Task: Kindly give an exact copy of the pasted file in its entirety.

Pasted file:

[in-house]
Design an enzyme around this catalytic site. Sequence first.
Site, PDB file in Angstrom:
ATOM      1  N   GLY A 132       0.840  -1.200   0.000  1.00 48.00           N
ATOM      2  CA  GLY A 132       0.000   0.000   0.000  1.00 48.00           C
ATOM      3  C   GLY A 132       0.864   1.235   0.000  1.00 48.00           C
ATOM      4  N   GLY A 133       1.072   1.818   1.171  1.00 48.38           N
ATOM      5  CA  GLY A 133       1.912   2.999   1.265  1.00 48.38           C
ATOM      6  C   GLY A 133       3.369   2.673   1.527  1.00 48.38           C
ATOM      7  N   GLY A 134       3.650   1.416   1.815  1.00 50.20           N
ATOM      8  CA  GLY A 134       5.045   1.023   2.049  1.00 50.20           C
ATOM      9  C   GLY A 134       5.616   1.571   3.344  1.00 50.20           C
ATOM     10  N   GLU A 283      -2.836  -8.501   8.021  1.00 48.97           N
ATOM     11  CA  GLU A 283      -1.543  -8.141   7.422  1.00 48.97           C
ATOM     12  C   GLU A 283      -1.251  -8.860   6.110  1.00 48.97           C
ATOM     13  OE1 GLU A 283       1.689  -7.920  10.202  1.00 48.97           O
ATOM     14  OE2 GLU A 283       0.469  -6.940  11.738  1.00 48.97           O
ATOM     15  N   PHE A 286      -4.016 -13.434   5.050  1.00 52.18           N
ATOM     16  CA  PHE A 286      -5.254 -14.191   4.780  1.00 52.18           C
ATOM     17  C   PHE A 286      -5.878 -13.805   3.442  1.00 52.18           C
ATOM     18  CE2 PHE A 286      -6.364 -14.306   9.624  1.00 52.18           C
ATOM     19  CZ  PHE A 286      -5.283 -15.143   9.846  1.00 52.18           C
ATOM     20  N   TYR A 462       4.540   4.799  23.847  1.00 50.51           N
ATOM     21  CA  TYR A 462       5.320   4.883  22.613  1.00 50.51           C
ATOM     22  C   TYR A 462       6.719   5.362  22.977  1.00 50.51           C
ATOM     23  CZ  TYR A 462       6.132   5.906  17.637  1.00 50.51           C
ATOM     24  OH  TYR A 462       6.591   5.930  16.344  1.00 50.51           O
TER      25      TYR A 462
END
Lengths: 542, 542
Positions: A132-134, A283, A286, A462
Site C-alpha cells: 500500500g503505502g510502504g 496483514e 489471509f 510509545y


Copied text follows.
[in-house]
Design an enzyme around this catalytic site. Sequence first.
Site, PDB file in Angstrom:
ATOM      1  N   GLY A 132       0.840  -1.200   0.000  1.00 48.00           N
ATOM      2  CA  GLY A 132       0.000   0.000   0.000  1.00 48.00           C
ATOM      3  C   GLY A 132       0.864   1.235   0.000  1.00 48.00           C
ATOM      4  N   GLY A 133       1.072   1.818   1.171  1.00 48.38           N
ATOM      5  CA  GLY A 133       1.912   2.999   1.265  1.00 48.38           C
ATOM      6  C   GLY A 133       3.369   2.673   1.527  1.00 48.38           C
ATOM      7  N   GLY A 134       3.650   1.416   1.815  1.00 50.20           N
ATOM      8  CA  GLY A 134       5.045   1.023   2.049  1.00 50.20           C
ATOM      9  C   GLY A 134       5.616   1.571   3.344  1.00 50.20           C
ATOM     10  N   GLU A 283      -2.836  -8.501   8.021  1.00 48.97           N
ATOM     11  CA  GLU A 283      -1.543  -8.141   7.422  1.00 48.97           C
ATOM     12  C   GLU A 283      -1.251  -8.860   6.110  1.00 48.97           C
ATOM     13  OE1 GLU A 283       1.689  -7.920  10.202  1.00 48.97           O
ATOM     14  OE2 GLU A 283       0.469  -6.940  11.738  1.00 48.97           O
ATOM     15  N   PHE A 286      -4.016 -13.434   5.050  1.00 52.18           N
ATOM     16  CA  PHE A 286      -5.254 -14.191   4.780  1.00 52.18           C
ATOM     17  C   PHE A 286      -5.878 -13.805   3.442  1.00 52.18           C
ATOM     18  CE2 PHE A 286      -6.364 -14.306   9.624  1.00 52.18           C
ATOM     19  CZ  PHE A 286      -5.283 -15.143   9.846  1.00 52.18           C
ATOM     20  N   TYR A 462       4.540   4.799  23.847  1.00 50.51           N
ATOM     21  CA  TYR A 462       5.320   4.883  22.613  1.00 50.51           C
ATOM     22  C   TYR A 462       6.719   5.362  22.977  1.00 50.51           C
ATOM     23  CZ  TYR A 462       6.132   5.906  17.637  1.00 50.51           C
ATOM     24  OH  TYR A 462       6.591   5.930  16.344  1.00 50.51           O
TER      25      TYR A 462
END
Lengths: 542, 542
Positions: A132-134, A283, A286, A462
Site C-alpha cells: 500500500g503505502g510502504g 496483514e 489471509f 510509545y